Professor Klaus Schwab, founder and executive chairman of the World Economic Forum, stated in 2016 that we are at the beginning of a Fourth Industrial Revolution. He explained, “We stand on the brink of a technological revolution that will fundamentally alter the way we live, work, and relate to one another” in the article, “The Fourth Industrial Revolution: what it means, how to respond.” This is the fourth major industrial era since the initial Industrial Revolution of the 18th century.
Schwab describes how this fourth revolution is fundamentally different from the previous three, which were characterized mainly by advances in technology.
This Fourth Industrial Revolution is characterized by a fusion of technologies that is blurring the lines between the physical, digital, and biological spheres. He describes it as “developments in previously disjointed fields such as artificial intelligence and machine learning, robotics, nanotechnology, 3D printing, artificial intelligence, fully autonomous vehicles, genetics, and biology are all building on and amplifying each other. Smart systems—homes, factories, farms, grids, or entire cities—will help tackle problems ranging from supply-chain management to climate change” (World Economic Forum, 2016, p. 1).
These changes are disrupting almost every industry in every country around the world.
With the world changing so quickly, how can we get to a place where schools are experimenting and able to adapt at the rate needed to keep up?
As a society and as educators, we are in the middle of major disruptions that are requiring new abilities and new roles in our future workplaces.
A colleague with whom I am fortunate to work with, Dave Yingst, has a wonderful quote from Daniel Pink’s book, “A Whole New Mind” on his office wall. It says, “We need to prepare kids for their future, not our past.”
It is a powerful statement for educational teachers and leaders to remember as our true north on our compass as we go to work each day this new school year.
If we are going to spark positive change and address educational challenges effectively, then we need new abilities and roles in our workplaces. We need to fine tune our skills in data collection and interpretation and master life-long learning.
But, it isn’t just the teachers who need to look carefully at our approach to education. The role of school leaders needs a major shift also to achieve the talent revolution needed to address the needs of our students in the fourth industrial revolution.
You’ve heard the terms: “design thinking” and “intentional innovation.”
When you hear the phrases “design thinking” and “intentional innovation,” what do you think of?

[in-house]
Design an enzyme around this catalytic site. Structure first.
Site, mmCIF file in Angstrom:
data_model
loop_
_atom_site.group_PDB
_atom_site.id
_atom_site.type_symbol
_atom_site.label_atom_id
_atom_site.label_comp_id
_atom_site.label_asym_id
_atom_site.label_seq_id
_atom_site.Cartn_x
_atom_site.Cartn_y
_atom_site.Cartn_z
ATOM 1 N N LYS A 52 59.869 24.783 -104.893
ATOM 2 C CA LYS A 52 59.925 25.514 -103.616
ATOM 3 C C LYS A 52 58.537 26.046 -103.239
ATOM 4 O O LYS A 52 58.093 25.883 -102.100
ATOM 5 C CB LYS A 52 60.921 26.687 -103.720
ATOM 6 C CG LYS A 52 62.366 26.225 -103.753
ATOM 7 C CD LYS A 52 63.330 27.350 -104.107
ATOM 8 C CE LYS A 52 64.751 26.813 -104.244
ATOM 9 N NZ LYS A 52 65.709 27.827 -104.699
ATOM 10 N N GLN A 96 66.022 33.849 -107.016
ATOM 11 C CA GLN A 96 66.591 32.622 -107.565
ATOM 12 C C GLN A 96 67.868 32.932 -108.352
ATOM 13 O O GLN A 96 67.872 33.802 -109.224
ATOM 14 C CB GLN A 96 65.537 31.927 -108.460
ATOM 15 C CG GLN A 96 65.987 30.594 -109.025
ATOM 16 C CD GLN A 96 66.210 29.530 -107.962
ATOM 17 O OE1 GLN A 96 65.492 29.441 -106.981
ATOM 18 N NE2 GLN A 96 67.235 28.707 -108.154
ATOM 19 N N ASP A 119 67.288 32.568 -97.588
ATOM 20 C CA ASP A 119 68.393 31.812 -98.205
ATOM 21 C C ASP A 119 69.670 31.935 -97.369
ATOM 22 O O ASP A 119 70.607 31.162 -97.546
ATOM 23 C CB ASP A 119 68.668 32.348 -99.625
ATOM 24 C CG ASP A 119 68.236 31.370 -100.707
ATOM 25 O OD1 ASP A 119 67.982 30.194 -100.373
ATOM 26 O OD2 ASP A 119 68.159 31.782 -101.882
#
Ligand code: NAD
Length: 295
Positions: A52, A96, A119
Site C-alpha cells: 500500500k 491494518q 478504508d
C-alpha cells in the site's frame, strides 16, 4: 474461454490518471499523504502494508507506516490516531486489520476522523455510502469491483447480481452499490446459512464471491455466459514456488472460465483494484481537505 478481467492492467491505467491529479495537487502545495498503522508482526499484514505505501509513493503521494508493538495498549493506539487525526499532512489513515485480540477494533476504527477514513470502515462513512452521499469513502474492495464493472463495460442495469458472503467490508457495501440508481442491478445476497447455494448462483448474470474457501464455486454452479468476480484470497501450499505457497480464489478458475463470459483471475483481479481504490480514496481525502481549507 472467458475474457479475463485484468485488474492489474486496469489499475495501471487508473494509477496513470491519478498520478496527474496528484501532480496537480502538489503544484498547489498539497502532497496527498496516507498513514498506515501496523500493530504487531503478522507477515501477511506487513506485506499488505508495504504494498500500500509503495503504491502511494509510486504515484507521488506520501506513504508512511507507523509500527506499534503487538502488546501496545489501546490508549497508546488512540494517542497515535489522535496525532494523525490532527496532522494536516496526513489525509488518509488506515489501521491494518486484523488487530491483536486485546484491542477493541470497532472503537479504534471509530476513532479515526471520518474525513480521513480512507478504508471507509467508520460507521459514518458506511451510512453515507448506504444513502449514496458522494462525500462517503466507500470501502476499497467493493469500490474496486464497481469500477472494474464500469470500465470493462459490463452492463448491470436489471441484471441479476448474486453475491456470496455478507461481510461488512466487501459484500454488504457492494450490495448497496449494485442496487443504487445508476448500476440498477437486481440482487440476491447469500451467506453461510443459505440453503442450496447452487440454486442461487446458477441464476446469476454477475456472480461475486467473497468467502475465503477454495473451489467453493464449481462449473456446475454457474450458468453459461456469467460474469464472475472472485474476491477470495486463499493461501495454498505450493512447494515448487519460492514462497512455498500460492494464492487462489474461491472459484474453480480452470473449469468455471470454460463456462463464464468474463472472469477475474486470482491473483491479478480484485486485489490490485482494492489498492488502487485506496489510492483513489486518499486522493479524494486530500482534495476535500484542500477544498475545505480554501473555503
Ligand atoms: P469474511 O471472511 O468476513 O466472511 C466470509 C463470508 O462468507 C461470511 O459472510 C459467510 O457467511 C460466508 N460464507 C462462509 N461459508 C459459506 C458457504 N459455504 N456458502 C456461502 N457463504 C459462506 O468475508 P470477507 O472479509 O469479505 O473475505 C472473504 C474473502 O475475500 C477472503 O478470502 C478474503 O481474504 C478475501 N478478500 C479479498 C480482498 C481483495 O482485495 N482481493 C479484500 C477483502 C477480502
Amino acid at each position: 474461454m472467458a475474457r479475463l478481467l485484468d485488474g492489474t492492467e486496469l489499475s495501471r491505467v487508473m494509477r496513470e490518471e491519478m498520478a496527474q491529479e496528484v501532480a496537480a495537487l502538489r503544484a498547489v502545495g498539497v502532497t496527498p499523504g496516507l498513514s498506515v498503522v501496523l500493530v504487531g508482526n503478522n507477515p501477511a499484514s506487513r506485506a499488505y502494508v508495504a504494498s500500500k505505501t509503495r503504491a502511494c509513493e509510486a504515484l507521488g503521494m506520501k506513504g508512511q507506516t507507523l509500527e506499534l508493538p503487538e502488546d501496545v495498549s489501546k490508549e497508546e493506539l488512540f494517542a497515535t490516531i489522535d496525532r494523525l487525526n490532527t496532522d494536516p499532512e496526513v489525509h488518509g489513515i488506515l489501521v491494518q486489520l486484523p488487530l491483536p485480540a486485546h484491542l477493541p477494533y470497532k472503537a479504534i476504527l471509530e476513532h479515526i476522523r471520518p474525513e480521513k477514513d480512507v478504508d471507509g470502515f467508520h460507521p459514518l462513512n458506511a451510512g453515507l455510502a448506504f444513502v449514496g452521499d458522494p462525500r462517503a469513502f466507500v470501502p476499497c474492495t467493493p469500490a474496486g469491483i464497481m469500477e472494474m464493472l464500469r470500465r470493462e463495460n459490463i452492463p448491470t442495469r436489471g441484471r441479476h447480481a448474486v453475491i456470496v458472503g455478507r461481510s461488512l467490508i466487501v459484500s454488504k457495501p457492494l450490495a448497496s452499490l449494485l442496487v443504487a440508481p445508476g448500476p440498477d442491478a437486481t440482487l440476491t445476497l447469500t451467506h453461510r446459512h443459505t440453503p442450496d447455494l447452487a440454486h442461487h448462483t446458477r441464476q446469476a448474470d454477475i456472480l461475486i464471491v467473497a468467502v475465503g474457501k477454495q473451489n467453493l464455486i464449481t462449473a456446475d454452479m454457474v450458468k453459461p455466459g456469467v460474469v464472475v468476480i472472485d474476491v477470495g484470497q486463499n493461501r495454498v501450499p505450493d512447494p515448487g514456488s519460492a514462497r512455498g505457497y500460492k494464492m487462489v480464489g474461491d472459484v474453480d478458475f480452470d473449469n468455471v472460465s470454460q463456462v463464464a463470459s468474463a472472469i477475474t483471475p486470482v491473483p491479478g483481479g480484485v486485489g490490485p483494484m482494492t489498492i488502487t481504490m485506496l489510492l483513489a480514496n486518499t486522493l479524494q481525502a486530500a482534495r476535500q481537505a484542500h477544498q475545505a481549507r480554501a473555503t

In recent years, these terms aren’t completely unknown in the educational arena.
Design thinking and innovation have grown among some educators as a natural complement to inquiry, project-based learning, collaboration, and problem-solving. Across the state, some teachers are experimenting with how to use design thinking and innovation to promote student creativity and problem-solving.
But, what if teachers and school leaders approached their work more like designers of innovation? Designers see the world differently and therefore bring a new perspective to their work.
What if educators and leaders could find new perspectives despite their day to day challenges?
Teachers and educational leaders all have a common goal of making education better. We plan lessons, staff meetings, school goals, new programs, and new mandates. Design might happen, but often it happens unintentionally.
Without taking the time to truly understand design principles, many teachers and leaders operate as accidental designers occasionally stumbling on innovative ideas or solutions.
But, without taking the time to understand design principles, many teachers and leaders will never make the shift to becoming intentional designers as educators and leaders. Educators and leaders need to become more knowledgeable about design thinking principles and intentional innovation to achieve a greater impact and solve problems more effectively.
You can download a free beginning toolkit (Version 2) from IDEO.
There are three ways that design thinking and intentional innovation are being used in education today:
1. As a tool for students to become design thinkers
2. As a tool for teachers to design learning experiences
3. As a tool for school leaders to design effective school change
On November 1, Learning Forward PA is honored to have A.J. Juliani present on the topics of design thinking and intentional innovation at our annual fall conference at Spooky Nook Sports in Manheim, PA. If you are unfamiliar with some of his books, you can view a short sample of one of his books, “Intentional Innovation: How to Guide Risk-Taking, Build Creative Capacity, and Lead Change” by clicking on the previous hyperlink.
LFPA would love to have you join us on November 1st at our conference. Please click here to register.
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